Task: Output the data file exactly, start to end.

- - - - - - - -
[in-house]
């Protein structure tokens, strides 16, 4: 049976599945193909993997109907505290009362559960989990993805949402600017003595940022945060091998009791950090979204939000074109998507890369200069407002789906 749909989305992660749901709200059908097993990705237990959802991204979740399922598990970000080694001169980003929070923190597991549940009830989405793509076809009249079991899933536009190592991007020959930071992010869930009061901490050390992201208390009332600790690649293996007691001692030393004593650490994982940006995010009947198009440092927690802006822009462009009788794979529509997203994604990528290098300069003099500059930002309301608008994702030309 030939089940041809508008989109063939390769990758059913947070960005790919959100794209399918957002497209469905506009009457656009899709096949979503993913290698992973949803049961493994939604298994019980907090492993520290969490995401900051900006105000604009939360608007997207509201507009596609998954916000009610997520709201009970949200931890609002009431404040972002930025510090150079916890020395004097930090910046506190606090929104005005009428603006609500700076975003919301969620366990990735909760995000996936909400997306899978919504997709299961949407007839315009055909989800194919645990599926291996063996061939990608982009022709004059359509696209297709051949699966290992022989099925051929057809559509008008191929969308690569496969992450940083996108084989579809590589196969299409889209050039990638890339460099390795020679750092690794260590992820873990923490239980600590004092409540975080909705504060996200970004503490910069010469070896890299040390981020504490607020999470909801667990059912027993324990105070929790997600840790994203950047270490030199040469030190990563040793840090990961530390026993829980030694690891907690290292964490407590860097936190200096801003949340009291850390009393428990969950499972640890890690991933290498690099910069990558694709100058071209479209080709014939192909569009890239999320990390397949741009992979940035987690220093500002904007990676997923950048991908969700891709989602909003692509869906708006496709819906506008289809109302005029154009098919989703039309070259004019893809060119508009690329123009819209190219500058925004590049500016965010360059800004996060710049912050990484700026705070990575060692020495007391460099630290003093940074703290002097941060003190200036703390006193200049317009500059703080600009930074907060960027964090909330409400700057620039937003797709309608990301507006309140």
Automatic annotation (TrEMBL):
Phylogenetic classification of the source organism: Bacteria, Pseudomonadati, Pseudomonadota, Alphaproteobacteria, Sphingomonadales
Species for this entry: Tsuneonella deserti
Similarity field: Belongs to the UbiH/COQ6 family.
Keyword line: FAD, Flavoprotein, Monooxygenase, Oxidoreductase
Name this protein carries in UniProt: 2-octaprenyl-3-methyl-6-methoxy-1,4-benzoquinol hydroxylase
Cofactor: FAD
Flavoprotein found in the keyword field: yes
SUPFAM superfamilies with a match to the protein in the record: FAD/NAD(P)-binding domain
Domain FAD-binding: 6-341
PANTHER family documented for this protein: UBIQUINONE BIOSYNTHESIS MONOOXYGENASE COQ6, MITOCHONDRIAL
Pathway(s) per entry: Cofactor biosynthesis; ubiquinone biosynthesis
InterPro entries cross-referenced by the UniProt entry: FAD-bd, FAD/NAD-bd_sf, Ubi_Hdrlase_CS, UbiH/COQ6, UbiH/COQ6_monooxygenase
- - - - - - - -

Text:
[in-house]
């Protein structure tokens, strides 16, 4: 049976599945193909993997109907505290009362559960989990993805949402600017003595940022945060091998009791950090979204939000074109998507890369200069407002789906 749909989305992660749901709200059908097993990705237990959802991204979740399922598990970000080694001169980003929070923190597991549940009830989405793509076809009249079991899933536009190592991007020959930071992010869930009061901490050390992201208390009332600790690649293996007691001692030393004593650490994982940006995010009947198009440092927690802006822009462009009788794979529509997203994604990528290098300069003099500059930002309301608008994702030309 030939089940041809508008989109063939390769990758059913947070960005790919959100794209399918957002497209469905506009009457656009899709096949979503993913290698992973949803049961493994939604298994019980907090492993520290969490995401900051900006105000604009939360608007997207509201507009596609998954916000009610997520709201009970949200931890609002009431404040972002930025510090150079916890020395004097930090910046506190606090929104005005009428603006609500700076975003919301969620366990990735909760995000996936909400997306899978919504997709299961949407007839315009055909989800194919645990599926291996063996061939990608982009022709004059359509696209297709051949699966290992022989099925051929057809559509008008191929969308690569496969992450940083996108084989579809590589196969299409889209050039990638890339460099390795020679750092690794260590992820873990923490239980600590004092409540975080909705504060996200970004503490910069010469070896890299040390981020504490607020999470909801667990059912027993324990105070929790997600840790994203950047270490030199040469030190990563040793840090990961530390026993829980030694690891907690290292964490407590860097936190200096801003949340009291850390009393428990969950499972640890890690991933290498690099910069990558694709100058071209479209080709014939192909569009890239999320990390397949741009992979940035987690220093500002904007990676997923950048991908969700891709989602909003692509869906708006496709819906506008289809109302005029154009098919989703039309070259004019893809060119508009690329123009819209190219500058925004590049500016965010360059800004996060710049912050990484700026705070990575060692020495007391460099630290003093940074703290002097941060003190200036703390006193200049317009500059703080600009930074907060960027964090909330409400700057620039937003797709309608990301507006309140």
Automatic annotation (TrEMBL):
Phylogenetic classification of the source organism: Bacteria, Pseudomonadati, Pseudomonadota, Alphaproteobacteria, Sphingomonadales
Species for this entry: Tsuneonella deserti
Similarity field: Belongs to the UbiH/COQ6 family.
Keyword line: FAD, Flavoprotein, Monooxygenase, Oxidoreductase
Name this protein carries in UniProt: 2-octaprenyl-3-methyl-6-methoxy-1,4-benzoquinol hydroxylase
Cofactor: FAD
Flavoprotein found in the keyword field: yes
SUPFAM superfamilies with a match to the protein in the record: FAD/NAD(P)-binding domain
Domain FAD-binding: 6-341
PANTHER family documented for this protein: UBIQUINONE BIOSYNTHESIS MONOOXYGENASE COQ6, MITOCHONDRIAL
Pathway(s) per entry: Cofactor biosynthesis; ubiquinone biosynthesis
InterPro entries cross-referenced by the UniProt entry: FAD-bd, FAD/NAD-bd_sf, Ubi_Hdrlase_CS, UbiH/COQ6, UbiH/COQ6_monooxygenase